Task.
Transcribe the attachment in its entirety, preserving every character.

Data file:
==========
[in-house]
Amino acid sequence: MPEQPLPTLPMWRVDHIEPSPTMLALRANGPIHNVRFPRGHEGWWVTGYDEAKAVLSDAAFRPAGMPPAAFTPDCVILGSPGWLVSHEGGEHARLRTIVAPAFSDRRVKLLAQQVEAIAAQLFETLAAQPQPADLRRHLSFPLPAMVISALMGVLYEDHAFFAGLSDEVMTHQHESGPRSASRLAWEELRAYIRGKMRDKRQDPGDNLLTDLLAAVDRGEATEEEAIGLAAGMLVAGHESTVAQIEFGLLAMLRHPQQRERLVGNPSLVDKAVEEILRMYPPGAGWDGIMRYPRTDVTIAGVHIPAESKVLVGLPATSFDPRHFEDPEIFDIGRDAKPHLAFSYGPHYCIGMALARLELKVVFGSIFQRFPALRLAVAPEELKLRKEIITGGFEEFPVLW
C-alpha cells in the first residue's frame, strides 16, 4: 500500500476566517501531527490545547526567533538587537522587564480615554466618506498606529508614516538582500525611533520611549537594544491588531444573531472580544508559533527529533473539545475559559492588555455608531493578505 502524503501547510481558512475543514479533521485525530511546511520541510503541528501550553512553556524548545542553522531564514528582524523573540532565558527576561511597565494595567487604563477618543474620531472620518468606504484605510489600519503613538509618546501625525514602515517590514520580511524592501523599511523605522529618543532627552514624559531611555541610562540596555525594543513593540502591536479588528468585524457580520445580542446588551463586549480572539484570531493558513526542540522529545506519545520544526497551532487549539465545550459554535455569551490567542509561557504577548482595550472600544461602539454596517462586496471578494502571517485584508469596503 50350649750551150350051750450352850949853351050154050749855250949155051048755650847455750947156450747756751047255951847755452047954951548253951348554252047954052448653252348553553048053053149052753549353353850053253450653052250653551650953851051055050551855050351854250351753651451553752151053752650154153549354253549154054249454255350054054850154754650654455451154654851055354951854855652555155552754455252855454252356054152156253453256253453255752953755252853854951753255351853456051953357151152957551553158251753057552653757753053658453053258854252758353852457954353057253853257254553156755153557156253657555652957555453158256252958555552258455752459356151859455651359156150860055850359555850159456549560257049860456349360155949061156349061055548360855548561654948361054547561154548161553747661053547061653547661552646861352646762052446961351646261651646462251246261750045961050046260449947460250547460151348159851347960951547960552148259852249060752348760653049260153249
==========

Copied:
[in-house]
Amino acid sequence: MPEQPLPTLPMWRVDHIEPSPTMLALRANGPIHNVRFPRGHEGWWVTGYDEAKAVLSDAAFRPAGMPPAAFTPDCVILGSPGWLVSHEGGEHARLRTIVAPAFSDRRVKLLAQQVEAIAAQLFETLAAQPQPADLRRHLSFPLPAMVISALMGVLYEDHAFFAGLSDEVMTHQHESGPRSASRLAWEELRAYIRGKMRDKRQDPGDNLLTDLLAAVDRGEATEEEAIGLAAGMLVAGHESTVAQIEFGLLAMLRHPQQRERLVGNPSLVDKAVEEILRMYPPGAGWDGIMRYPRTDVTIAGVHIPAESKVLVGLPATSFDPRHFEDPEIFDIGRDAKPHLAFSYGPHYCIGMALARLELKVVFGSIFQRFPALRLAVAPEELKLRKEIITGGFEEFPVLW
C-alpha cells in the first residue's frame, strides 16, 4: 500500500476566517501531527490545547526567533538587537522587564480615554466618506498606529508614516538582500525611533520611549537594544491588531444573531472580544508559533527529533473539545475559559492588555455608531493578505 502524503501547510481558512475543514479533521485525530511546511520541510503541528501550553512553556524548545542553522531564514528582524523573540532565558527576561511597565494595567487604563477618543474620531472620518468606504484605510489600519503613538509618546501625525514602515517590514520580511524592501523599511523605522529618543532627552514624559531611555541610562540596555525594543513593540502591536479588528468585524457580520445580542446588551463586549480572539484570531493558513526542540522529545506519545520544526497551532487549539465545550459554535455569551490567542509561557504577548482595550472600544461602539454596517462586496471578494502571517485584508469596503 50350649750551150350051750450352850949853351050154050749855250949155051048755650847455750947156450747756751047255951847755452047954951548253951348554252047954052448653252348553553048053053149052753549353353850053253450653052250653551650953851051055050551855050351854250351753651451553752151053752650154153549354253549154054249454255350054054850154754650654455451154654851055354951854855652555155552754455252855454252356054152156253453256253453255752953755252853854951753255351853456051953357151152957551553158251753057552653757753053658453053258854252758353852457954353057253853257254553156755153557156253657555652957555453158256252958555552258455752459356151859455651359156150860055850359555850159456549560257049860456349360155949061156349061055548360855548561654948361054547561154548161553747661053547061653547661552646861352646762052446961351646261651646462251246261750045961050046260449947460250547460151348159851347960951547960552148259852249060752348760653049260153249